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Below are five common objections to radical life extension with my responses to each of them.
#1: “Old people don’t change their minds.”
Elon Musk famously espouses this objection against immortality. He’s concerned about society getting static as a result of people living for a very long time because according to him, “the truth is, most people don’t change their mind. They just die. So if they don’t die, we will be stuck with old ideas and society wouldn’t advance.”
This line of thinking is completely misconceived. Progress is not inevitable “one funeral at a time”. Society was static for hundreds of thousands of years before the Enlightenment. And in those days, humans used to live far shorter lives than today. The uneventful period before the Enlightenment was a result of irrational memes ingrained in society’s culture. These memes inhibited questioning what was known and survived by disabling the critical faculties of people that are responsible for advancing our knowledge.
Society getting static is a real concern. But letting people die is not the solution. As Karl Popper wrote, “We can let our ideas die in our place.” Additionally, even today, most leaders of anything are removed long before illness or death force the issue.
#2: “We’ll run out of the planet’s resources.”
People are our most important resource because only they create the knowledge required to turn useless matter into what we can call a resource.
As I wrote in a recent newsletter, “It is misleading to call coal a ‘natural’ resource. Without our knowledge of how to extract and use coal as a source of energy, it would remain just a rock. We find ourselves in an environment that is the product of ideas. Just look around you at the evidence of civilization. Look at how the natural world has been pruned and modified.”
Without technology, many parts of the Earth (and beyond!) would be uninhabitable for us. Mother Nature is far more threatening than she is benevolent. People will go on turning useless matter into something that can be utilized for their productive purposes. And since space is practically infinite, this transformation of matter into resources can go on indefinitely. People are the solution, not the problem.
#3: “It is unnatural to live forever.”
False. The Turritopsis dohrnii aka the immortal jellyfish is a jellyfish that’s virtually immortal. This marvelous creature can revert to its juvenile state after reaching maturity and then grow up again, repeating the process indefinitely. Evolution has its wonders.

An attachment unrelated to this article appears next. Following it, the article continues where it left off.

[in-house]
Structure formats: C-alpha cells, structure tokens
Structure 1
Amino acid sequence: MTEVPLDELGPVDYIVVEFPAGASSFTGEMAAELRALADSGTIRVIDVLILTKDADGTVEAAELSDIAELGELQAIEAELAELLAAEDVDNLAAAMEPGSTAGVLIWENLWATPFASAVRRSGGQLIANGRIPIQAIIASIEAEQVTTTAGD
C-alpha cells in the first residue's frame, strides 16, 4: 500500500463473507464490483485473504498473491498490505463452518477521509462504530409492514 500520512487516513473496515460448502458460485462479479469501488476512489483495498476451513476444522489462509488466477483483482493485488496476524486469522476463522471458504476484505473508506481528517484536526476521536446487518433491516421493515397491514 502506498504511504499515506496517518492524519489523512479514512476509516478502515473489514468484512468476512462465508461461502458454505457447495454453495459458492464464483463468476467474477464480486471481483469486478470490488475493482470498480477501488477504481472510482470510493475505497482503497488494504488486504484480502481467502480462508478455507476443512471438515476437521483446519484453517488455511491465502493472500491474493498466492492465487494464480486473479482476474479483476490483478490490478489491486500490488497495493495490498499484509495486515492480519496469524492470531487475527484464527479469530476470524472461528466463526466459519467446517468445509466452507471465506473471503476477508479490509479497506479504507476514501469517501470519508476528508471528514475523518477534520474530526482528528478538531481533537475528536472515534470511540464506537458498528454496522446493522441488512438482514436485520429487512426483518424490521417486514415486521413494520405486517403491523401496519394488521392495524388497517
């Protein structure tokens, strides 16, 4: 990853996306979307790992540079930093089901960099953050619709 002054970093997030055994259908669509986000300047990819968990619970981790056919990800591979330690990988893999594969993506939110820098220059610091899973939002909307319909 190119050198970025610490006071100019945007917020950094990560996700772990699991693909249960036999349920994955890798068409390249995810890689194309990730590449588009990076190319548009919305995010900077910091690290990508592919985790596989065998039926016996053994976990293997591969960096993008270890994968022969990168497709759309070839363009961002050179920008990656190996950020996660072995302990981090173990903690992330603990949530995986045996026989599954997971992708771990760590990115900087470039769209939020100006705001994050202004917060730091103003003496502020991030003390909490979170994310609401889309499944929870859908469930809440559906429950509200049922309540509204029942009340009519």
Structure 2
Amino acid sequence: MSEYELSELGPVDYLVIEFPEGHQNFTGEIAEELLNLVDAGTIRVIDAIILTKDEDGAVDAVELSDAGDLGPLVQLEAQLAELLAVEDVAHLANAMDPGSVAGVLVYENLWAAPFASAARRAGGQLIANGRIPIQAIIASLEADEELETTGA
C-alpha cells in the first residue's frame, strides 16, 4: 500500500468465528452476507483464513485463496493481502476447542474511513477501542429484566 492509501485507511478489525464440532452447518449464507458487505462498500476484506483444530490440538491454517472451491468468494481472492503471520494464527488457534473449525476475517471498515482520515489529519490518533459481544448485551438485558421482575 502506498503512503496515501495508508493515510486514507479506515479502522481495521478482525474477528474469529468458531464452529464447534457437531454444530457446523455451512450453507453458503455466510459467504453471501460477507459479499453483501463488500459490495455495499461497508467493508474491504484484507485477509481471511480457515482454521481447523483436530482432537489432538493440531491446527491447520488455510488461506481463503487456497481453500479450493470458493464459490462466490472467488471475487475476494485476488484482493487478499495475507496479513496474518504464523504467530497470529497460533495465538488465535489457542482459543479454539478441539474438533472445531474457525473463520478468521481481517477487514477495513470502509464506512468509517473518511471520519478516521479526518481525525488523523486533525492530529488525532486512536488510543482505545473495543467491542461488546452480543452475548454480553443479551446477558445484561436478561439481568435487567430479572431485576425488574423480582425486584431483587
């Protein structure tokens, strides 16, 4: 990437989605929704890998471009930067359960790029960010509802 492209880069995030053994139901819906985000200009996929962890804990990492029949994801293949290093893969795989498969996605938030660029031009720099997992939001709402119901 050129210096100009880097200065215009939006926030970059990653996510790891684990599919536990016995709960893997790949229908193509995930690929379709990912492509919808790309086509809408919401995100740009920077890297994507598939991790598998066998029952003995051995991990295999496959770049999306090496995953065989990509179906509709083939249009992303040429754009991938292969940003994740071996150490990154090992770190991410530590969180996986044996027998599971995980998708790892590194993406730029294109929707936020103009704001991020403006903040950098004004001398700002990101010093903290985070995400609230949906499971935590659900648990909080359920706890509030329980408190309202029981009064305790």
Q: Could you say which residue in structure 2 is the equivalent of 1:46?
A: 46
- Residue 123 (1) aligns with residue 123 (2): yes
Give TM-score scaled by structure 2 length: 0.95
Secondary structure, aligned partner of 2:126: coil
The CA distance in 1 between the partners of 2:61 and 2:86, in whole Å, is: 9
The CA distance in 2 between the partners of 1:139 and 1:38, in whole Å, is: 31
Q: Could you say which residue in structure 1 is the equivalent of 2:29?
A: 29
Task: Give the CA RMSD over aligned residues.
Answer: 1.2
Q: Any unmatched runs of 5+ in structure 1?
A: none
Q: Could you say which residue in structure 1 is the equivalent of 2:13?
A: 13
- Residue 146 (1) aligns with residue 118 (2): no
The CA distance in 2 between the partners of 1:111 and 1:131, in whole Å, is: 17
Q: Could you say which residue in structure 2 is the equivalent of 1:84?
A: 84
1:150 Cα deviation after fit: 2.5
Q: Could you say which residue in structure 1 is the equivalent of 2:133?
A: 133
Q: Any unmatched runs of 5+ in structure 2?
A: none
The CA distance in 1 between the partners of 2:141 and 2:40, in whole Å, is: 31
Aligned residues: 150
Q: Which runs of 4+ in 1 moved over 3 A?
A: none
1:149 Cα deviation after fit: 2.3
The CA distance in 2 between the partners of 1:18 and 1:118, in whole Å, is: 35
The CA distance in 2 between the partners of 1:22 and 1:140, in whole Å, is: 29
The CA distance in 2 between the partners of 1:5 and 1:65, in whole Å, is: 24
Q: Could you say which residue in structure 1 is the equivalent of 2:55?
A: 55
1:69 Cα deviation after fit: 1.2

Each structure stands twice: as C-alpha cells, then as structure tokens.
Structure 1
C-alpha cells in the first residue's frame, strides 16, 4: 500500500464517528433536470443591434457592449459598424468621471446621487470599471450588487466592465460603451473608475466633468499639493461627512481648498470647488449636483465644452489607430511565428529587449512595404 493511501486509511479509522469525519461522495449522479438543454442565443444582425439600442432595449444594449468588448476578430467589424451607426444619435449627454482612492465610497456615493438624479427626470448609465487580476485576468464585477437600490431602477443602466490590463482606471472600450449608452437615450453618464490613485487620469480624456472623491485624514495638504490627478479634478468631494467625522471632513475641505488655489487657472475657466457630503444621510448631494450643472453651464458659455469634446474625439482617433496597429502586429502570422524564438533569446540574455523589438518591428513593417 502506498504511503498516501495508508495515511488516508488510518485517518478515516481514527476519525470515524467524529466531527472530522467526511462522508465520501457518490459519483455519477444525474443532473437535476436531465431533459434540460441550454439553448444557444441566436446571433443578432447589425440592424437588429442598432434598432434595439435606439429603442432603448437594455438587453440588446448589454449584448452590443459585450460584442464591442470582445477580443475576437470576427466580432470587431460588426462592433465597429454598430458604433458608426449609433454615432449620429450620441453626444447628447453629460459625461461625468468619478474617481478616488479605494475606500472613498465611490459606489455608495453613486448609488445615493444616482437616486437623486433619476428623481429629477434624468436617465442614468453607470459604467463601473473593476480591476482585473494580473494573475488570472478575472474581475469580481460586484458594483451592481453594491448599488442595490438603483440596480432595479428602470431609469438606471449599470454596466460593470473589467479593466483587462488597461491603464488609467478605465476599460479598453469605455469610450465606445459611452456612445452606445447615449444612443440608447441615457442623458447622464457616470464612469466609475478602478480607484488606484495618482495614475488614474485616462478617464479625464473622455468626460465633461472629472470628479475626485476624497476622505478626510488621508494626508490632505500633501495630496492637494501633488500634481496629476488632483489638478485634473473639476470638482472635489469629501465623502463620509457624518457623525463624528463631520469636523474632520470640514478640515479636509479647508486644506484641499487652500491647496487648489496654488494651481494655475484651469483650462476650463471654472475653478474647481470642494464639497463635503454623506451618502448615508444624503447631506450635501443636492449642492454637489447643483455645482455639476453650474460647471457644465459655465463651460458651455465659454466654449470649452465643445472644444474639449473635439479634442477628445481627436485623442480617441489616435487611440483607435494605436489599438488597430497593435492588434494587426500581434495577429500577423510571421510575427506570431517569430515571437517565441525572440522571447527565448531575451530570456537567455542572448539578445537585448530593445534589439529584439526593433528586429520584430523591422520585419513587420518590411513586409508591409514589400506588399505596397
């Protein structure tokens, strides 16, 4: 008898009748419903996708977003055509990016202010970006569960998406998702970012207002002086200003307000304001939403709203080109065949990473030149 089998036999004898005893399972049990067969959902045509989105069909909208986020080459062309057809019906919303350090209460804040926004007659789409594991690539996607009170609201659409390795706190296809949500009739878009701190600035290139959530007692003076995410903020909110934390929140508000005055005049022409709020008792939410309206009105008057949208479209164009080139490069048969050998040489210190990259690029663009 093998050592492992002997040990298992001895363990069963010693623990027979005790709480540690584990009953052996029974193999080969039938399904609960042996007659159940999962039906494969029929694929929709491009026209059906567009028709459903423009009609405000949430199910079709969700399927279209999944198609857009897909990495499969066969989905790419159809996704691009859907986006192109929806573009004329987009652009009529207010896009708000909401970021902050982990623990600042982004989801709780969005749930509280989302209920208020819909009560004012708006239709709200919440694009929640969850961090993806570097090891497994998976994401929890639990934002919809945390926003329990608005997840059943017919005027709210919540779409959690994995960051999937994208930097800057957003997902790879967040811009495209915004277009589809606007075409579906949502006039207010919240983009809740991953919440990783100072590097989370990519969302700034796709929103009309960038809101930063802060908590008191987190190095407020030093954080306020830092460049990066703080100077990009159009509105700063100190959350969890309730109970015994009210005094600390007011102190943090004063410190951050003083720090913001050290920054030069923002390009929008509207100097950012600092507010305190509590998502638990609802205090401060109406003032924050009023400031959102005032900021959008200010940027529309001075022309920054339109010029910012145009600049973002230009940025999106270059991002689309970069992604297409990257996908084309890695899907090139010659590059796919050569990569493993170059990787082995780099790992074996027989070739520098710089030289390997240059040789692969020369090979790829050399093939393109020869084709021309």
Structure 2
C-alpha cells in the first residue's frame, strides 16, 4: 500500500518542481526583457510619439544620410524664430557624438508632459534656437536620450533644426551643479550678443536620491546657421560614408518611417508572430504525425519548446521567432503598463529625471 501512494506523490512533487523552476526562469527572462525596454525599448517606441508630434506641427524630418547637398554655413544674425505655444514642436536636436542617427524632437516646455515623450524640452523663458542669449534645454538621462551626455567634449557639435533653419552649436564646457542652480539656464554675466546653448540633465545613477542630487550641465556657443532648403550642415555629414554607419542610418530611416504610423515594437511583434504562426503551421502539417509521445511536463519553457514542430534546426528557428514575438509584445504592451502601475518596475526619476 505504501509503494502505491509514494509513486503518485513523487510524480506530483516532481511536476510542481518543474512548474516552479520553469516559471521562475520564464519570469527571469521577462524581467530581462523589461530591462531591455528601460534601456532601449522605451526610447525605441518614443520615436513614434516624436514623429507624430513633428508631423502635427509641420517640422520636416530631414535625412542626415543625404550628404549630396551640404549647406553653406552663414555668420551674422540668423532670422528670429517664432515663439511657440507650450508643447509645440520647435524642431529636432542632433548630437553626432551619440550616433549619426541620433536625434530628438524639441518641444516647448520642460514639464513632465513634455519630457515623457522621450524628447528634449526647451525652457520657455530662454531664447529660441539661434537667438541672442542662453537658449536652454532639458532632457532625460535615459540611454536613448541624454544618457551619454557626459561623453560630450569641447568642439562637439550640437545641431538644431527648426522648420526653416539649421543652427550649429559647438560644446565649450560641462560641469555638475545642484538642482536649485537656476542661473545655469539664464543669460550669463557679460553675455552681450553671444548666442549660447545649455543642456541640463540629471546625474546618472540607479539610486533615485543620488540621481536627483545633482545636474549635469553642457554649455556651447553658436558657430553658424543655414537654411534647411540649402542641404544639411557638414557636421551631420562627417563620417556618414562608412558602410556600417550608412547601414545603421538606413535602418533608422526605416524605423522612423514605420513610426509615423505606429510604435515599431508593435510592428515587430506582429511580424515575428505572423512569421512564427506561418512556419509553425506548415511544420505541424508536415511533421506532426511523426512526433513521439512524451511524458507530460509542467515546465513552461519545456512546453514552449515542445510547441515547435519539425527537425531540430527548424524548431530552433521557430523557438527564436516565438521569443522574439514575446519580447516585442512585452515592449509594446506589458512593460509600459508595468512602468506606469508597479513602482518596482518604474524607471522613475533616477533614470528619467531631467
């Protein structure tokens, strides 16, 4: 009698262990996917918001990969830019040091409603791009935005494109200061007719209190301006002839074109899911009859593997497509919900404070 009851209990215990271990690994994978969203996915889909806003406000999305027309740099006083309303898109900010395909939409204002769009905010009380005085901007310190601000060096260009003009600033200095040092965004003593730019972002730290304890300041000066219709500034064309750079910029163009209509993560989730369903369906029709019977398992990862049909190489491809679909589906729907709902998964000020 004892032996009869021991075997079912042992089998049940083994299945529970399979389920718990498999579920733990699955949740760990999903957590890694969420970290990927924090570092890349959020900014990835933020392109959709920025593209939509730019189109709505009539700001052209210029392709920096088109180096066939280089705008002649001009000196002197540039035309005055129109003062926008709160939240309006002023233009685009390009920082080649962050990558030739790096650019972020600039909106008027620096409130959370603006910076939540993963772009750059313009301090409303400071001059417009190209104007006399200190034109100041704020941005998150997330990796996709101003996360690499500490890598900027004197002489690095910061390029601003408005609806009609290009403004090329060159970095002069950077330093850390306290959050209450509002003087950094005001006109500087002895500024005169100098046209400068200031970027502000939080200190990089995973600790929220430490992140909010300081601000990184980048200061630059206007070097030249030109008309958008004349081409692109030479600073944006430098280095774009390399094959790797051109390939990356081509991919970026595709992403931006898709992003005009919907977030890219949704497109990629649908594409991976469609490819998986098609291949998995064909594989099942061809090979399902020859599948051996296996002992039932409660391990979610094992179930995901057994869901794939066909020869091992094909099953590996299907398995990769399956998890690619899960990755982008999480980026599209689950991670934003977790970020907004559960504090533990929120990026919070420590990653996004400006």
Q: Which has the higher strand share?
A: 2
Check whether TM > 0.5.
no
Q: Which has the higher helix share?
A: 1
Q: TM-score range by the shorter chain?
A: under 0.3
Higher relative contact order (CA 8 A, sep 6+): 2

The “immortal jellyfish”.
Besides, humans have been creating tools to increase their inherent abilities ever since they emerged in the African Savannas. That is how we came to the top of the food chain. It is almost unnatural for us not to go against—primarily to advance—our inborn capabilities or instincts.
And you know what else is natural? Earthquakes, volcanic eruptions, tsunamis, floods, droughts, asteroid impacts, and many more threats to all life on Earth. “Natural” does not mean good.
Death is not a part of life. It is the end of it. There is nothing good about death. Parochially, it can be caused by this or that disease. But the deeper explanation for death is always ignorance. No fundamental law requires it. We should treat it just as it is: another problem to be solved.
#4: “We’ll all run out of things to do and life will get meaningless without death.”
Contemplating their mortality seldom pushes people to achieve things they want to achieve. People do things to improve their lives, and the life of an immortal can improve indefinitely. There is always more work to be done, more space to be transformed, and a better world to aim towards.
For some, infinity is a bit hard to comprehend. It can help to reframe the question “Do you want to live forever?” to “Do you want to live tomorrow?” Most people do. Most people don’t have plans to die. If they’re feeling physically and mentally healthy, most people would say yes to tomorrow.
Creativity knows no bounds. Our knowledge can keep on growing deeper and broader in all fields without limit. As long as this is true, life need not get boring, the fun need never stop. As Leonardo da Vinci, someone who lived up to the very end of his life like a child said, “Learning never exhausts the mind.”
#5: “Only the rich will be able to afford to live forever causing greater inequality.”
Initially, it is true that only the rich will be able to access the metaphorical pill to immortality. But this doesn’t mean we shouldn’t work on it! Almost any new revolutionary product or technology has high unit cost before it can be made affordable for the masses.
And it eventually always is made affordable for the masses. The time period depends on how fast we innovate. But indeed, as John F. Kennedy allegedly said about capitalism, “A rising tide lifts all boats.”
In the pre-modern, poor world life expectancy was around 30 years in all regions of the world. Even the richest would have to see their children die before the age of five, and they wouldn’t live long either. Since then, the world has witnessed a rise in income inequality yet in every world region people today can expect to live more than twice as long compared to the 18th century. Not only do people live longer, but their lives are arguably better in every way today than 300 years ago.
Arjun Khemani is support lead at Airchat, a new audio-based social network platform founded by Naval Ravikant. On his Substack newsletter Arjun publishes weekly posts on science, philosophy, progress, and optimism. He also has a podcast and writes the Critical Rationalism Newsletter. You can find him on Airchat and Twitter.